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Has working life adapted to the Swedes' search behavior?

The survey "Swedes and the Internet" by the Internet Foundation shows that since 2014 we Swedes have more than doubled our searching on search engines, such as Google and Bing. In 2019, 97% of people over the age of 12 stated that they have used these services and 37% do so daily. As an organisation, do you have this search habit in mind when designing your internal organisation for the employees?

Our search behavior in everyday life

Albert Einstein's quote "Never memorize something you can look up in a book" has never been as relevant to humanity as it is today. Although it is not often that you look for information in a book anymore, information and knowledge is constantly available through a quick Google search from our computer, tablet or smartphone. Within the same minute that a question arises, we not only find a short answer, but obtain numerous articles that describe or visualize the answer to that very question. If we want to learn how to play an instrument, paint or build a porch, there are hundreds of videos that teach us how to do on YouTube. The videos are created by knowledgeable, dedicated people who want to share their knowledge with others.

 

Gathered knowledge is available knowledge

How does your organisation work with searchable information and knowledge material? Do you have a knowledge bank with articles that answer employees' work-related questions? On Google you can find many answers, but probably not specific to your particular business. Work routines, processes and guides on how to perform specific tasks are things that you yourself need to document and make available. In many cases, these types of information are distributed in several different systems or at different locations within your organisation, and in the worst case, it is tied to a single person. A good solution is to get a Performance Support tool, a platform with the ability to store knowledge articles and distribute them in the same way as our everyday hero Google - via a quick search.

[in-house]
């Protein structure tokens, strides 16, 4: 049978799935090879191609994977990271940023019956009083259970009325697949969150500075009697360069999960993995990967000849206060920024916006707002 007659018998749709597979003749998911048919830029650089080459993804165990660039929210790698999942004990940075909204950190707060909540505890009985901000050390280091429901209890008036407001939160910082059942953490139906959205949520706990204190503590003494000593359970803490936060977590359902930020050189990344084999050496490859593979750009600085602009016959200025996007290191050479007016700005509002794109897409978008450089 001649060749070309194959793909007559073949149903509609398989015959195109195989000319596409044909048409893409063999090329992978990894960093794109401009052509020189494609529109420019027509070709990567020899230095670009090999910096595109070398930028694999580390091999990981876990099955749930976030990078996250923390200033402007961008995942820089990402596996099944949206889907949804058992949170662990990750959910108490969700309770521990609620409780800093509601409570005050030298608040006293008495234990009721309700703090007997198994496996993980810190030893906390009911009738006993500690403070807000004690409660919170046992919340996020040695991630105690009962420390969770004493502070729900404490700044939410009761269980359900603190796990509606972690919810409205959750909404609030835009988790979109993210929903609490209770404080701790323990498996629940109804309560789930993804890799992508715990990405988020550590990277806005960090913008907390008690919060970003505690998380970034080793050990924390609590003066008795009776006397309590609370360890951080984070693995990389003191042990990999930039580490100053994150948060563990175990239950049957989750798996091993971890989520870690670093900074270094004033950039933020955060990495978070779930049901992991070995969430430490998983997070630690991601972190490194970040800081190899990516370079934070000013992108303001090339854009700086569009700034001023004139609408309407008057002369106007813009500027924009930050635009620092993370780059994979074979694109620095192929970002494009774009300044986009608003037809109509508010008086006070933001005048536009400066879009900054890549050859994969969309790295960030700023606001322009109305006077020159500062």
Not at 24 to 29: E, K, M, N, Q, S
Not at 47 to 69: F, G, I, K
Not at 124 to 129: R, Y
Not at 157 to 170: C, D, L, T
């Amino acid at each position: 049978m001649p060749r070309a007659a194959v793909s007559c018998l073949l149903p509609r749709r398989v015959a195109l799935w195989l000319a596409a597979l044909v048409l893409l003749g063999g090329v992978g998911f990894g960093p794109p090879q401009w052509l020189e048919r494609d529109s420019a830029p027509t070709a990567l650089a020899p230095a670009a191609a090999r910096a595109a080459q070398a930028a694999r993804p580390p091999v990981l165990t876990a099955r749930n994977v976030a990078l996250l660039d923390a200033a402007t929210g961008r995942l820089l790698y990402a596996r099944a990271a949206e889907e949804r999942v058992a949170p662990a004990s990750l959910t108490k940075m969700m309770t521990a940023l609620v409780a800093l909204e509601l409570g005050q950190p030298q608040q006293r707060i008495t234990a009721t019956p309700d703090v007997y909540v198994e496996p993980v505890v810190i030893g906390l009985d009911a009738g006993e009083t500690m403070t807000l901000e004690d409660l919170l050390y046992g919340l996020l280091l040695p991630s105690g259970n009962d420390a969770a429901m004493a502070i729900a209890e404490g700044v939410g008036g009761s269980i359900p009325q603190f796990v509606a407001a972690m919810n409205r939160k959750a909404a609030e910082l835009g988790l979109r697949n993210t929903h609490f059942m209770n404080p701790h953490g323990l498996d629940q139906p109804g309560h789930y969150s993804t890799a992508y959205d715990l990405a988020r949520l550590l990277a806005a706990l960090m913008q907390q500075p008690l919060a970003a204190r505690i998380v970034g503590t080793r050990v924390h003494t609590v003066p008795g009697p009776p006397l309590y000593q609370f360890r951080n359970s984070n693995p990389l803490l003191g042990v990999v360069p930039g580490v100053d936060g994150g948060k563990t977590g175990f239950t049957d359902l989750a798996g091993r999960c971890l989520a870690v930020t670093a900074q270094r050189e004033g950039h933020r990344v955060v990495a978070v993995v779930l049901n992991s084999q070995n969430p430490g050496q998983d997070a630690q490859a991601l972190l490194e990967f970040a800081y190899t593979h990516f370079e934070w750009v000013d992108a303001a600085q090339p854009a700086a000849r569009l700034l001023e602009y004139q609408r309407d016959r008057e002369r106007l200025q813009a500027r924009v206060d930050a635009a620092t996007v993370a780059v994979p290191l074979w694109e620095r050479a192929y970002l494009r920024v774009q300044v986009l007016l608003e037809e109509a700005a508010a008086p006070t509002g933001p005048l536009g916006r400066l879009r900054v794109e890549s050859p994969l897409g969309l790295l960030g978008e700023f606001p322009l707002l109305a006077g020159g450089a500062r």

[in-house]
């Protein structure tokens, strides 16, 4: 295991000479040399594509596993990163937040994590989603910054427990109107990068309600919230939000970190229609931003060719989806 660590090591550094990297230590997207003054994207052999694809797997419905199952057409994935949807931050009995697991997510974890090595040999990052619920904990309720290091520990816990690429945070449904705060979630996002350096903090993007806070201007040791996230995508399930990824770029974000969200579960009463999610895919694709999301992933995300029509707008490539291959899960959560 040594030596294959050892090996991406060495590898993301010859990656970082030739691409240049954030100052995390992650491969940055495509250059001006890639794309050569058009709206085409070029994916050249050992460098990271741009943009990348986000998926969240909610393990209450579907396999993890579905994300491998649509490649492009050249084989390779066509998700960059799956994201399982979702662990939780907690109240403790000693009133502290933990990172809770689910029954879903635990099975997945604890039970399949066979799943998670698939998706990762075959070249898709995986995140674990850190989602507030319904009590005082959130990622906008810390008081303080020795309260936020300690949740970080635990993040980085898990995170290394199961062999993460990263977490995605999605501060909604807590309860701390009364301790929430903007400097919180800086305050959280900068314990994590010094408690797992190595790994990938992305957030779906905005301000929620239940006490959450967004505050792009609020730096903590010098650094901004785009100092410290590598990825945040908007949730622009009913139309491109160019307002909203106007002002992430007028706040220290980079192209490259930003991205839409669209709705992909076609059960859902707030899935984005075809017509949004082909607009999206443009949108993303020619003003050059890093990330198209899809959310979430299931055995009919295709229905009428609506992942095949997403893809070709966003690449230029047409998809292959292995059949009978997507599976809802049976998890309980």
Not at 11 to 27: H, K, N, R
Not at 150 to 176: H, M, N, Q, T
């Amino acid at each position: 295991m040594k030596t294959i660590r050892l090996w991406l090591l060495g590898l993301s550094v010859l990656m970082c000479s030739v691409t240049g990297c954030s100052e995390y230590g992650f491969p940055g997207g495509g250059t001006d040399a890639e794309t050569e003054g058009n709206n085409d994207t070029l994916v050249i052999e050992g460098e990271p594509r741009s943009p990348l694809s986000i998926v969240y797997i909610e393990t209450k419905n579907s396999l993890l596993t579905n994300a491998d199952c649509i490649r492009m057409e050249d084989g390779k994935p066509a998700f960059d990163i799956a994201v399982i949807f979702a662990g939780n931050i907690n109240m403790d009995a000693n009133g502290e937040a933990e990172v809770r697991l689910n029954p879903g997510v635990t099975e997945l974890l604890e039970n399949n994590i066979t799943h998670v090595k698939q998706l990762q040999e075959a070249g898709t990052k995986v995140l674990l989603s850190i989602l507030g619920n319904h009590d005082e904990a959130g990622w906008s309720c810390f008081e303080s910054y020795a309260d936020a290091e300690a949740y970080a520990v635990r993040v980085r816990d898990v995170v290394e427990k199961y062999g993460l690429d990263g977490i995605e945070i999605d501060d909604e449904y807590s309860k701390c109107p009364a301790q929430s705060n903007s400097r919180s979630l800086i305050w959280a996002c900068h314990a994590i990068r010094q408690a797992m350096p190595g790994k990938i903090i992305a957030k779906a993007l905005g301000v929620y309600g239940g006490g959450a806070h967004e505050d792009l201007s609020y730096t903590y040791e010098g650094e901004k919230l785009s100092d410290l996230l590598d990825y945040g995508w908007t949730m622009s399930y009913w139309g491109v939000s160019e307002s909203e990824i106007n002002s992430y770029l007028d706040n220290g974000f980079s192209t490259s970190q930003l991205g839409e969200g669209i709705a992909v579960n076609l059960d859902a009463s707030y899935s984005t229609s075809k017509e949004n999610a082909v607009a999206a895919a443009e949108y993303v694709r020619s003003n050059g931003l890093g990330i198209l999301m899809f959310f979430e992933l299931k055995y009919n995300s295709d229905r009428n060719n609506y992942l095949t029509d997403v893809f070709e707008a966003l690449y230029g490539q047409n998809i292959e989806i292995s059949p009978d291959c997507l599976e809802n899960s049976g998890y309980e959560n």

Use the Google effect to something positive

Betsy Sparrow, Jenny Liu and Daniel M. Wegner, from Columbia, Wisconsin and Harvard University made a study about the ”Google effect”, also called digital memory loss. The Google effect is the phenomenon that has arisen in terms of how easy it is to get answers about everything we search for, through the major search engines. The study showed that when we know where we can find information about something, then we no longer put the information in mind, but instead we memorize where we could find it. So when you are in the kitchen googling a recipe, chances are that the next time you cook the same dish, you will have to google the recipe again. Of course, this can hamper us because we may not always have access to the internet - but there are benefits as well! The study showed that the less we need to memorize, the more capacity we have for creative thinking on work tasks; something a book or search engine probably couldn't help us with.

 

To summarize…

Think about how accustomed we are to being able to quickly seek out information and knowledge in our everyday lives and what benefits it has. Review how it works internally in your organisation today and what adjustments you could make to optimize knowledge transfering. Not having to memorize too much leaves room for more critical and creative thinking. And the faster you can find what you are looking for, the more time you can spend on the actual task!

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Adam Eriksson InfoCaption

Adam Eriksson